Tempura Soba

Posted September 25th, 2010 in Food 7 Comments »

I sometimes get a craving for tempura soba.  The combination of crispy tempura and freshly boiled soba noodle in warm, sweet, soysauce-based dark soup.

In the area around my house (Shiga), we don’t eat soba much.  We eat udon more often.  In Japan, the type of food people eat is different depends on where you live.  For example, Western people (eg Kyoto) use white miso for miso soup, but Eastern people (eg Nagoya) use red miso.  Western people eat udon, but Eastern people eat soba.  It’s not always black and white, some Western people eat red miso and soba noodle too, of course, but it’s what we say in Japan.  In fact, my mum never cooked soba at home.  It was always udon.

But, in the New Year’s Eve, I sometimes felt like eating soba.  As we eat toshikoshi-soba (people in Japan eat soba noodle at midnight between New Years Eve and New Years Day), I sometimes asked my mum to prepare instant soba noodle.

I love this cup noodle soup…   It’s so shame that Australia doesn’t allow these noodle to be imported.  I just have to eat it in Japan.

Anyway, I made tempura soba the other day and it was really nice.

You can follow the recipe for crispy tempura here.

I made kakiage – tempura of mixed shredded vegetables.  It’s so easy to make!

Thinly slice onion and carrot (and chopped spring onion or shredded burdock roots if you want).  Coat with tempura batter, and drop into hot oil using two spoon to make a round shape.  Make it flat, so that the tempura get cooked through and crispy.

To see how to cook soba noodle, refer here.


  • 1.5cup water
  • 1 handful bonito flakes (about 10g)
  • 1 tbs mirin
  • 1 tbs soy sauce
– how to make –
  1. Place water and bonito flakes in a small sauce pan.  Bring to the gentle simmer, and turn down the heat to low.  Simmer for about 5 minutes.
  2. Drain the bonito flake and keep the soup.  Return the soup to the pan, and add mirin and soy sauce.  Bring to the gentle simmer and simmer for 5 minutes.
The oil from the crispy tempura gives the nice flavor to the soup (^-^).

7 Comments on “Tempura Soba”

  1. 1 Kathy said at 4:19 pm on September 25th, 2010:

    I’m much more of a soba person – I think it’s because I don’t like thick noodles or pasta.

    I like 緑のたぬき more than 赤いきつね but sometimes I have a craving for both!

  2. 2 umepontarou said at 5:17 pm on September 25th, 2010:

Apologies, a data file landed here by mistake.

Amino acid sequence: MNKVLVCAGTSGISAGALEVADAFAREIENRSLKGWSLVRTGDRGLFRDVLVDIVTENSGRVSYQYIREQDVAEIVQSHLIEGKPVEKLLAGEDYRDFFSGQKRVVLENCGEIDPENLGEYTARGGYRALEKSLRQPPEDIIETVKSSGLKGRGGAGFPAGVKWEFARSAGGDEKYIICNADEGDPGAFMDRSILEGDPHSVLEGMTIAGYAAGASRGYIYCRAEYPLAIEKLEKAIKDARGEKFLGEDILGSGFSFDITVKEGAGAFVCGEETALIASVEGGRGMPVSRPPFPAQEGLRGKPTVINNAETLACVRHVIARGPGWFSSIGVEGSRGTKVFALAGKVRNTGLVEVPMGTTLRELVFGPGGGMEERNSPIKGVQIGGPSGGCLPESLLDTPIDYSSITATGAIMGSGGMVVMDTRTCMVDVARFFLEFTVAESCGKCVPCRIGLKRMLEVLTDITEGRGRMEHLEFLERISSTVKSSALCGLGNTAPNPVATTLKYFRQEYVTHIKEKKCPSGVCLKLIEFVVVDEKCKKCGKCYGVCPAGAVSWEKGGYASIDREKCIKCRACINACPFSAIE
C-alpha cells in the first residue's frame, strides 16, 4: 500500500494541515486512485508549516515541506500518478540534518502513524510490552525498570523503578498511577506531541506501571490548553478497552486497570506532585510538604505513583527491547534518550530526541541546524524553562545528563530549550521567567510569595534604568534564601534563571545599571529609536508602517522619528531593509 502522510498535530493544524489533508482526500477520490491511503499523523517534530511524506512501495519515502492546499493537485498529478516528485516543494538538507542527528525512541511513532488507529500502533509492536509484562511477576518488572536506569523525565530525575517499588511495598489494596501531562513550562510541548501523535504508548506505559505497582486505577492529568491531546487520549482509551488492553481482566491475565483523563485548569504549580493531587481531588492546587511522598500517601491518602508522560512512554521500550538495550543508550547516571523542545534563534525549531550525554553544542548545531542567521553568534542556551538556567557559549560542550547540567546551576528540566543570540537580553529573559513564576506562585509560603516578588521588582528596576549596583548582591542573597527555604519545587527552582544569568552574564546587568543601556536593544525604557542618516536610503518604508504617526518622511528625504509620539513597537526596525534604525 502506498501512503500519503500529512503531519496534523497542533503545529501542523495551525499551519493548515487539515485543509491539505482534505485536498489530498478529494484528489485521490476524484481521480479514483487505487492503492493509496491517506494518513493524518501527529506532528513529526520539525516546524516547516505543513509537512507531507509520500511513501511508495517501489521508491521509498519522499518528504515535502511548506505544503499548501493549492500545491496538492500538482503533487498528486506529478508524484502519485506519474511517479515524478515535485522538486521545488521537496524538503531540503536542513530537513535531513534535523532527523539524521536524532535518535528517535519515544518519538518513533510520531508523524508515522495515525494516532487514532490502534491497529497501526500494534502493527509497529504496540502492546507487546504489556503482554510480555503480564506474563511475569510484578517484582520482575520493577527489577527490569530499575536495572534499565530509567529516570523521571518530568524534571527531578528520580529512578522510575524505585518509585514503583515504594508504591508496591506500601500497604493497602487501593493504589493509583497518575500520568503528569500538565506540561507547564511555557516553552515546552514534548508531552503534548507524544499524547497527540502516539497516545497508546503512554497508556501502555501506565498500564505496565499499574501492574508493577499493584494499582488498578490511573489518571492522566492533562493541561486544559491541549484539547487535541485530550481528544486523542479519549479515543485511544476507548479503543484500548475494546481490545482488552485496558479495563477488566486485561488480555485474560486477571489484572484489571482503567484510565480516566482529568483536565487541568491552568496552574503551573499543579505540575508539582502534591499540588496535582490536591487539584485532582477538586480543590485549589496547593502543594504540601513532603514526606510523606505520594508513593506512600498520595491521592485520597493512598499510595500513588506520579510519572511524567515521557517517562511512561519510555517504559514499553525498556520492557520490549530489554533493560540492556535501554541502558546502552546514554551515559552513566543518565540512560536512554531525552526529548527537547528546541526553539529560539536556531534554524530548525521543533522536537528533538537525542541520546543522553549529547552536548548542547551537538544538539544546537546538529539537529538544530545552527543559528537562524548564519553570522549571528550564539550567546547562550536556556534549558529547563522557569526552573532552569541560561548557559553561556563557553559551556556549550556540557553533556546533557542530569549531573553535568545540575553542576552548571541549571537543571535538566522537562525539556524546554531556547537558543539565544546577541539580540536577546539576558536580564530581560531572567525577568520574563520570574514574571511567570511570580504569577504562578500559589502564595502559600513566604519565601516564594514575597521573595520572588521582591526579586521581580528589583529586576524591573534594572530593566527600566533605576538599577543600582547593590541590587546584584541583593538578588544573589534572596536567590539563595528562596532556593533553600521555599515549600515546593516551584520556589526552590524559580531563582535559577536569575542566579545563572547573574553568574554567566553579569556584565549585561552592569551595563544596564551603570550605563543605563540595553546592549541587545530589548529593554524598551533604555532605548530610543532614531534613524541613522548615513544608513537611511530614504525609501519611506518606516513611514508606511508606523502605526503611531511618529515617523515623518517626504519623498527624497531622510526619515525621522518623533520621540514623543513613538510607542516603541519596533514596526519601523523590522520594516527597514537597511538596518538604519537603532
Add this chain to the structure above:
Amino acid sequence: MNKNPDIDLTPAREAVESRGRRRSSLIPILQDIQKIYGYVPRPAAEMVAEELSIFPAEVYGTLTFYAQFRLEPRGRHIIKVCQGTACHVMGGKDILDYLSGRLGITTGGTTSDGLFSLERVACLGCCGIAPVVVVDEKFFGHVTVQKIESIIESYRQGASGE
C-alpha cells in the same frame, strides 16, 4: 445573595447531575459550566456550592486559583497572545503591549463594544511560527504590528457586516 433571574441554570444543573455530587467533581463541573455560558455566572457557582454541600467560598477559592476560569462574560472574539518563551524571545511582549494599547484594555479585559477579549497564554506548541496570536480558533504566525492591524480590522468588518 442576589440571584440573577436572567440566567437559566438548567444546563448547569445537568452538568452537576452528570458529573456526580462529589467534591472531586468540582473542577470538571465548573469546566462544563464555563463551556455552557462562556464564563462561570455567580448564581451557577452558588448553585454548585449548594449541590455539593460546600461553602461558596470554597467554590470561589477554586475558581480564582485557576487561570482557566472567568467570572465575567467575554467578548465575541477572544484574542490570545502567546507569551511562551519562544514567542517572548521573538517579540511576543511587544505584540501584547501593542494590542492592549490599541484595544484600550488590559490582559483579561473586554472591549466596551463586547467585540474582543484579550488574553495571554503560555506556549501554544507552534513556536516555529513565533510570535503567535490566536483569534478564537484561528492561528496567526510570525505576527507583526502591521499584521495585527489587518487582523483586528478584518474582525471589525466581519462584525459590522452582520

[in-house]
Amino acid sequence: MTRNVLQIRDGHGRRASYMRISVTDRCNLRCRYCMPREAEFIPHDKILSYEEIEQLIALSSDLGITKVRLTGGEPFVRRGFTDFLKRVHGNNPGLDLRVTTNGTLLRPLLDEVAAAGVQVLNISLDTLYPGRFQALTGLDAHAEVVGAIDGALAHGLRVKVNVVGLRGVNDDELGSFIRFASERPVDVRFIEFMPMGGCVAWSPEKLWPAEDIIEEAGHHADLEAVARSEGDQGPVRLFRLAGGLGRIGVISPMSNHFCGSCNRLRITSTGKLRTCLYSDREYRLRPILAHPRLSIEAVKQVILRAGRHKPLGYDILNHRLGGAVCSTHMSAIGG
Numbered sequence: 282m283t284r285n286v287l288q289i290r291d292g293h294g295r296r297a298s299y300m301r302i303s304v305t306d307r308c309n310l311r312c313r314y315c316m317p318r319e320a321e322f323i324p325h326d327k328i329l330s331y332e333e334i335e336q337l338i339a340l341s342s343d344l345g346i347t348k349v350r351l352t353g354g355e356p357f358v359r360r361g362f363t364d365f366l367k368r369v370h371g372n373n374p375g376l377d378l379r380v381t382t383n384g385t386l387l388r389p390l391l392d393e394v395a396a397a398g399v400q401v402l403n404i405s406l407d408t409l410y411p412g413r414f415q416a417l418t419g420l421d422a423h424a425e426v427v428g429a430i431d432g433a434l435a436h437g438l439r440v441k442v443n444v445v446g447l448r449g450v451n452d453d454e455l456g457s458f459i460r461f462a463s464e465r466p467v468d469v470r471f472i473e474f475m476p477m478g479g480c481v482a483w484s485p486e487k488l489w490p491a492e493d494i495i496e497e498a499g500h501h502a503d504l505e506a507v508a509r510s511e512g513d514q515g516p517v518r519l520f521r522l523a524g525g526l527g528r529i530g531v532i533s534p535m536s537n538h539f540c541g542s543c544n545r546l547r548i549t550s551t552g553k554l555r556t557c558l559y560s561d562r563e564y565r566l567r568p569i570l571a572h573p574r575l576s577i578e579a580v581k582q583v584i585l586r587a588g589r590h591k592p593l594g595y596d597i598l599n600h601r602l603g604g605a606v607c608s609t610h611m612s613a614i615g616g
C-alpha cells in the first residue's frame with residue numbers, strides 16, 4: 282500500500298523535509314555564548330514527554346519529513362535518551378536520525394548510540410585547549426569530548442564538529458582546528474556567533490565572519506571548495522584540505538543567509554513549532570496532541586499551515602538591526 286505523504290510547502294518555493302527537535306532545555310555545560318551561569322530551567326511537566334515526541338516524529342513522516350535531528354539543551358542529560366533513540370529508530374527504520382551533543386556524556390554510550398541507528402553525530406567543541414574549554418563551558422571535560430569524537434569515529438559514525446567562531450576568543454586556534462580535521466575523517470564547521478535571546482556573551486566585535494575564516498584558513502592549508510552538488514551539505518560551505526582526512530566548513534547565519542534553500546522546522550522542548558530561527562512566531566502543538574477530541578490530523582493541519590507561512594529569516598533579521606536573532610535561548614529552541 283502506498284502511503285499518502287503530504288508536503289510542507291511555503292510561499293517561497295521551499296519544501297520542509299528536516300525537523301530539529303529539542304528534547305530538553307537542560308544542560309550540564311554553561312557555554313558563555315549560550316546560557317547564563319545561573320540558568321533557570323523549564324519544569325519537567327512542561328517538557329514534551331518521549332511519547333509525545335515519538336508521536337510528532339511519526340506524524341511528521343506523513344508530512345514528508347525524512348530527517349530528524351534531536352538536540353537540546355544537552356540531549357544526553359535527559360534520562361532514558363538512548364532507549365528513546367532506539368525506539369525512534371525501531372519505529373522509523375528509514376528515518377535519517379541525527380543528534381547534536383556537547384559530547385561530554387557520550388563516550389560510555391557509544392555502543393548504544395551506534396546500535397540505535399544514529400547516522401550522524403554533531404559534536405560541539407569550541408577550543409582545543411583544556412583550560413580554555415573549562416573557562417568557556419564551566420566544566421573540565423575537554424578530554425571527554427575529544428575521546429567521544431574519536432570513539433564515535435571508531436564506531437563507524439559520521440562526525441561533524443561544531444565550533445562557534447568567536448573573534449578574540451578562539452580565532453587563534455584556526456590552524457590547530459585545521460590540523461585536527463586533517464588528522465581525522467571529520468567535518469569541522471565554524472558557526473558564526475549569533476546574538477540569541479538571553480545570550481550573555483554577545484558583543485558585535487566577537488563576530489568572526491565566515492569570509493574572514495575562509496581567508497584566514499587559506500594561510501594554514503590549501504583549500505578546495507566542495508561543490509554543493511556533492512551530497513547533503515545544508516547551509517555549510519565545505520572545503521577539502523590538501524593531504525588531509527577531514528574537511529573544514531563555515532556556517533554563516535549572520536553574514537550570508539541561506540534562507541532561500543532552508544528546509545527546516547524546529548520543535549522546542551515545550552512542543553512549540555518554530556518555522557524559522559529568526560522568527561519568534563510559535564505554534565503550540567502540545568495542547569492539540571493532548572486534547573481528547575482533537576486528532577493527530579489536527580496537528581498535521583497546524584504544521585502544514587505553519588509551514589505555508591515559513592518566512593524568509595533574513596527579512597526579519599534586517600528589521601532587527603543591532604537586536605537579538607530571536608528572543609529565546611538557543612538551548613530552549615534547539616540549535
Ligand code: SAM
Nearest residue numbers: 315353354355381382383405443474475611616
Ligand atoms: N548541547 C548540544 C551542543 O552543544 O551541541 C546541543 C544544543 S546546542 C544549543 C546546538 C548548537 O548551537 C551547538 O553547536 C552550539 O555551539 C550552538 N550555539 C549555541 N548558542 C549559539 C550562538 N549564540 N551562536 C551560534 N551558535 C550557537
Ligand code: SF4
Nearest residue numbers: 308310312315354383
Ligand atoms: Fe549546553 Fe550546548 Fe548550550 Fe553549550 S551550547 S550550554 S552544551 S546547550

I normally eat udon more often than soba, but when it comes to this cup noodle I prefer Midori-no-Tanuki to Akai-Kitsune. I just love the tempura inside 🙂
    But, I also like the AGE (beancurd)… Yeah,they are both great !

    I miss Japanese cup noodles..

  3. 3 Kathy said at 3:25 am on September 26th, 2010:

    AGE♂AGE♂?!? (^v^)

    I miss Japanese cup noodles too….I think it’s silly that they don’t allow them to be imported because they contain egg. The egg is cooked!

    I like to keep my tempura crunchy so I don’t put it in the cup when I pour in the hot water. I just dip it in when I’m eating. Am I strange?

  4. 4 YL said at 2:43 pm on September 27th, 2010:

    They have the same cup noodles here! I think they used to sell it in perth? Check out Maruyu. I believe they still have it there?

  5. 5 umepontarou said at 8:18 pm on September 27th, 2010:


    I think it not only the egg but also they contain some animal fat or something (in the soup) 🙁

    How you eat the tempura cup noodle is exactly how people eat in Japan too. Or, people who like soft tempura put in the cup before pouring hot water.
    The eating direction is written on the package 🙂

  6. 6 umepontarou said at 8:20 pm on September 27th, 2010:


    How come Sydney can import this noodle and Perth can’t??
    It’s really strange…

    I think I’ve seen the similar cup noodle at Nippon Food, so Maruyu may also sell this item. But, it was super expensive!
    In Japan it’s about 99 yen (around $1.00) but here it was around $6.00 🙁

  7. 7 karen said at 3:54 pm on October 10th, 2010:

    hmmmmm I LOVE SOBA!!!

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